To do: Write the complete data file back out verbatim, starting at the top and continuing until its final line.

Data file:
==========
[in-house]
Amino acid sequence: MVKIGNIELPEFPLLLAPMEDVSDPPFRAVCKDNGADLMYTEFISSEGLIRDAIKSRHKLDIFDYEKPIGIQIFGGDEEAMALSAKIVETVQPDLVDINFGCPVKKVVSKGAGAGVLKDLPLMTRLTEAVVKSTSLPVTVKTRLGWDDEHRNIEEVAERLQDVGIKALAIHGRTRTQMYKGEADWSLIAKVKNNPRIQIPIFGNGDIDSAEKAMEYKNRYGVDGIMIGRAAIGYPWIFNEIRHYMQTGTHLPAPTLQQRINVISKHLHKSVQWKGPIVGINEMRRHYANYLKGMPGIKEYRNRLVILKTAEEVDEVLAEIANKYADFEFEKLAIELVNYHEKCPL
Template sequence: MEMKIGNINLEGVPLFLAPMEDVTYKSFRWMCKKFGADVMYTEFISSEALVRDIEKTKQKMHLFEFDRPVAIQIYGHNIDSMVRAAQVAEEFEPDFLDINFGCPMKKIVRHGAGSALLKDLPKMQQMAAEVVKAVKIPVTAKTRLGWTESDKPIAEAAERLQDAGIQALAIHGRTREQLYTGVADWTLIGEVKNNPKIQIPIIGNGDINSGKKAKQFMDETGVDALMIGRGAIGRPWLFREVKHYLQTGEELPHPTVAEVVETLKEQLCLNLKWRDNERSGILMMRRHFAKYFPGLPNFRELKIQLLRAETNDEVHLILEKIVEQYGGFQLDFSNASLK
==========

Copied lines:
[in-house]
Amino acid sequence: MVKIGNIELPEFPLLLAPMEDVSDPPFRAVCKDNGADLMYTEFISSEGLIRDAIKSRHKLDIFDYEKPIGIQIFGGDEEAMALSAKIVETVQPDLVDINFGCPVKKVVSKGAGAGVLKDLPLMTRLTEAVVKSTSLPVTVKTRLGWDDEHRNIEEVAERLQDVGIKALAIHGRTRTQMYKGEADWSLIAKVKNNPRIQIPIFGNGDIDSAEKAMEYKNRYGVDGIMIGRAAIGYPWIFNEIRHYMQTGTHLPAPTLQQRINVISKHLHKSVQWKGPIVGINEMRRHYANYLKGMPGIKEYRNRLVILKTAEEVDEVLAEIANKYADFEFEKLAIELVNYHEKCPL
Template sequence: MEMKIGNINLEGVPLFLAPMEDVTYKSFRWMCKKFGADVMYTEFISSEALVRDIEKTKQKMHLFEFDRPVAIQIYGHNIDSMVRAAQVAEEFEPDFLDINFGCPMKKIVRHGAGSALLKDLPKMQQMAAEVVKAVKIPVTAKTRLGWTESDKPIAEAAERLQDAGIQALAIHGRTREQLYTGVADWTLIGEVKNNPKIQIPIIGNGDINSGKKAKQFMDETGVDALMIGRGAIGRPWLFREVKHYLQTGEELPHPTVAEVVETLKEQLCLNLKWRDNERSGILMMRRHFAKYFPGLPNFRELKIQLLRAETNDEVHLILEKIVEQYGGFQLDFSNASLK